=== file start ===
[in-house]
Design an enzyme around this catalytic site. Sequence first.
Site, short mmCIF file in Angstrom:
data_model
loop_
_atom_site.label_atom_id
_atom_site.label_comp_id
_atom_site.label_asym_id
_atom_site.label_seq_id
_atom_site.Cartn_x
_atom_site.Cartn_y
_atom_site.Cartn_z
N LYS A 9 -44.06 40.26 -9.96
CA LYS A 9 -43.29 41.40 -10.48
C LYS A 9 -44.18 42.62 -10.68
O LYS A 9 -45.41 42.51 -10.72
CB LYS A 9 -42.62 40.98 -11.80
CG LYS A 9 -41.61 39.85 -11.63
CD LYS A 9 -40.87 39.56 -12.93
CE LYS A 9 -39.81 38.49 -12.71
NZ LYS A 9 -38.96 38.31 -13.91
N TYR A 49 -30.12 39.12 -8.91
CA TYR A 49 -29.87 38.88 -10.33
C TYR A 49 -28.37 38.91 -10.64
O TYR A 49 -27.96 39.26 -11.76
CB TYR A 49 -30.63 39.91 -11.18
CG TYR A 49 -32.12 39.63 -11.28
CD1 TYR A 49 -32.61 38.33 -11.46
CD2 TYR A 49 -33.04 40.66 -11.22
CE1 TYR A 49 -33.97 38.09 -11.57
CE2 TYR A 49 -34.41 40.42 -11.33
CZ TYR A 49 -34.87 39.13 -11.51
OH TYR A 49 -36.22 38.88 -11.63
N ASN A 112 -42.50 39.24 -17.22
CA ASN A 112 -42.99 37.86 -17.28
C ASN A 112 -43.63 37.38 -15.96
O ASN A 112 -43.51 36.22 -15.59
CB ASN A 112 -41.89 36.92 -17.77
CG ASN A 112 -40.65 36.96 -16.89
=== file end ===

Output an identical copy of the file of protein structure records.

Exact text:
[in-house]
Design an enzyme around this catalytic site. Sequence first.
Site, short mmCIF file in Angstrom:
data_model
loop_
_atom_site.label_atom_id
_atom_site.label_comp_id
_atom_site.label_asym_id
_atom_site.label_seq_id
_atom_site.Cartn_x
_atom_site.Cartn_y
_atom_site.Cartn_z
N LYS A 9 -44.06 40.26 -9.96
CA LYS A 9 -43.29 41.40 -10.48
C LYS A 9 -44.18 42.62 -10.68
O LYS A 9 -45.41 42.51 -10.72
CB LYS A 9 -42.62 40.98 -11.80
CG LYS A 9 -41.61 39.85 -11.63
CD LYS A 9 -40.87 39.56 -12.93
CE LYS A 9 -39.81 38.49 -12.71
NZ LYS A 9 -38.96 38.31 -13.91
N TYR A 49 -30.12 39.12 -8.91
CA TYR A 49 -29.87 38.88 -10.33
C TYR A 49 -28.37 38.91 -10.64
O TYR A 49 -27.96 39.26 -11.76
CB TYR A 49 -30.63 39.91 -11.18
CG TYR A 49 -32.12 39.63 -11.28
CD1 TYR A 49 -32.61 38.33 -11.46
CD2 TYR A 49 -33.04 40.66 -11.22
CE1 TYR A 49 -33.97 38.09 -11.57
CE2 TYR A 49 -34.41 40.42 -11.33
CZ TYR A 49 -34.87 39.13 -11.51
OH TYR A 49 -36.22 38.88 -11.63
N ASN A 112 -42.50 39.24 -17.22
CA ASN A 112 -42.99 37.86 -17.28
C ASN A 112 -43.63 37.38 -15.96
O ASN A 112 -43.51 36.22 -15.59
CB ASN A 112 -41.89 36.92 -17.77
CG ASN A 112 -40.65 36.96 -16.89